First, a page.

Originally Posted by Kayty
Very interesting! Thank you for posting :)
I must say, I enjoyed watching him as a youngster in the first video, the give of the rein allowing the neck to come out from the wither, the free, loose, open shoulders and the hind legs following through nicely, matching the angles of his front legs.
As for the master class videos, I only had a chance to watch the first one. His principals are good, you want those reactions, come back, go forward from a small aid. However, it was interesting to note that him came out with the horse on a very firm rein, you could see the brace in his elbows transferring through to the bit, making the horse appear to brace on the bit and come heavy into the hand. His transitions all were made very much with rein aids. In the trot and canter, he is very much on his hands, you can see Edward bracing through his shoulders, elbows and hands, pulling the neck down and deep.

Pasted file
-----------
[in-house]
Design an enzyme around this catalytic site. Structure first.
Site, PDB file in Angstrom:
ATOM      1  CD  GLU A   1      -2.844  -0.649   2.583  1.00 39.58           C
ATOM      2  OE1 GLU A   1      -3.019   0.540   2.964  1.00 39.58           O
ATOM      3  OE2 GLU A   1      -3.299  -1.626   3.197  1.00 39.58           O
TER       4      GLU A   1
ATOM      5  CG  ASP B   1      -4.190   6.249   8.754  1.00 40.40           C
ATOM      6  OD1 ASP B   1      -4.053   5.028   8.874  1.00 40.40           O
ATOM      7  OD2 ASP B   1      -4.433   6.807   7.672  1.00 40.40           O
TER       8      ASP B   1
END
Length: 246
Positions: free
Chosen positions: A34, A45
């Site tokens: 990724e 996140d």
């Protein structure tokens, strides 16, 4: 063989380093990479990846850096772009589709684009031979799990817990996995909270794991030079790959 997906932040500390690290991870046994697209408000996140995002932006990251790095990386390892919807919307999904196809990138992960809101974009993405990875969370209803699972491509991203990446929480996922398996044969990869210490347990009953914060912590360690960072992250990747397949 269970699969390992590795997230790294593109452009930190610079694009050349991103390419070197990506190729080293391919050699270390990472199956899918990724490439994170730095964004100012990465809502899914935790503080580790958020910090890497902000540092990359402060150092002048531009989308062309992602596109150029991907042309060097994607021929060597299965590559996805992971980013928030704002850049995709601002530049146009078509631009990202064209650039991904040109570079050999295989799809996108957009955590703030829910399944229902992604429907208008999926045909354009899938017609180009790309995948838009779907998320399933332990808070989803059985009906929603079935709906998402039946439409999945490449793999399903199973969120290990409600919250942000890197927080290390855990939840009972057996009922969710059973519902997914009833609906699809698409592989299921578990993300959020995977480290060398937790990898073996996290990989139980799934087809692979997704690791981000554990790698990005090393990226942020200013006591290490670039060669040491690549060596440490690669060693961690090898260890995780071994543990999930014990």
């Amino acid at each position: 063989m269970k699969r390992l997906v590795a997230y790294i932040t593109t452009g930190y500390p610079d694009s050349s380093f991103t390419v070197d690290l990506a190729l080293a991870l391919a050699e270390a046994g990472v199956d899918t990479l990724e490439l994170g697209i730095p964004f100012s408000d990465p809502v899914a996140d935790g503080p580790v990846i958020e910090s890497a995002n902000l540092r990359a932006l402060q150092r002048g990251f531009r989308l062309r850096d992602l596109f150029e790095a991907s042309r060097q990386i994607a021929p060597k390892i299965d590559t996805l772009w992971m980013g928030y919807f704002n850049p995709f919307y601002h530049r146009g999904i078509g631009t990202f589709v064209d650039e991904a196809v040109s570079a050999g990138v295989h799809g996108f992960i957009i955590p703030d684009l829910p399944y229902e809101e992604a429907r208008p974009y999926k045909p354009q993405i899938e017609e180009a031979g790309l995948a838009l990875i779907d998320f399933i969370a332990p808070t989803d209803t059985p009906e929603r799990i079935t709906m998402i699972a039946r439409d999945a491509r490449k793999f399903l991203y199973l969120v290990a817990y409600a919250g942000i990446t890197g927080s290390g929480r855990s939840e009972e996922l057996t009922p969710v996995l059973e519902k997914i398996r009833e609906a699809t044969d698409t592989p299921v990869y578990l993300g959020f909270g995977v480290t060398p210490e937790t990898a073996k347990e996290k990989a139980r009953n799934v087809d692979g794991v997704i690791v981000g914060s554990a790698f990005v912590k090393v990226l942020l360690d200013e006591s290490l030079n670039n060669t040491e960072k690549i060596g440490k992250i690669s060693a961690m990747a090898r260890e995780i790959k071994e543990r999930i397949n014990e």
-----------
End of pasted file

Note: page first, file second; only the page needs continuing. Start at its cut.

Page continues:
The Jazz progeny do seem to have that little bit more tension than a lot of other lines, but at 15 years old and at Grand Prix, I would really have liked to have seen him reaching into the bit in that warm up, allowing the neck to reach forward and out, and releasing the back. The back on that horse did not appeal to me at all throughout the video, there is very little movement of the back, he is working all legs with a stuck neck.
I did not watch the other videos though, so the work may have improved. Shoot me down if you wish, but this was not my favourite 'masterclass'
Yes, I liked it to. I wonder if the the rider knew he would become the next record-breaker? Or even make it to Grand Prix? And the little whinnies are so cute.
I liked the passage, pirouette, and temi-change work, though I'm no expert on those fronts. He mentioned that the horse would try and "run away" on him, so he'd bring him back (a translation of half-halt?) which is good. But, the hands and the lack of forward kind of ruins his ride for me.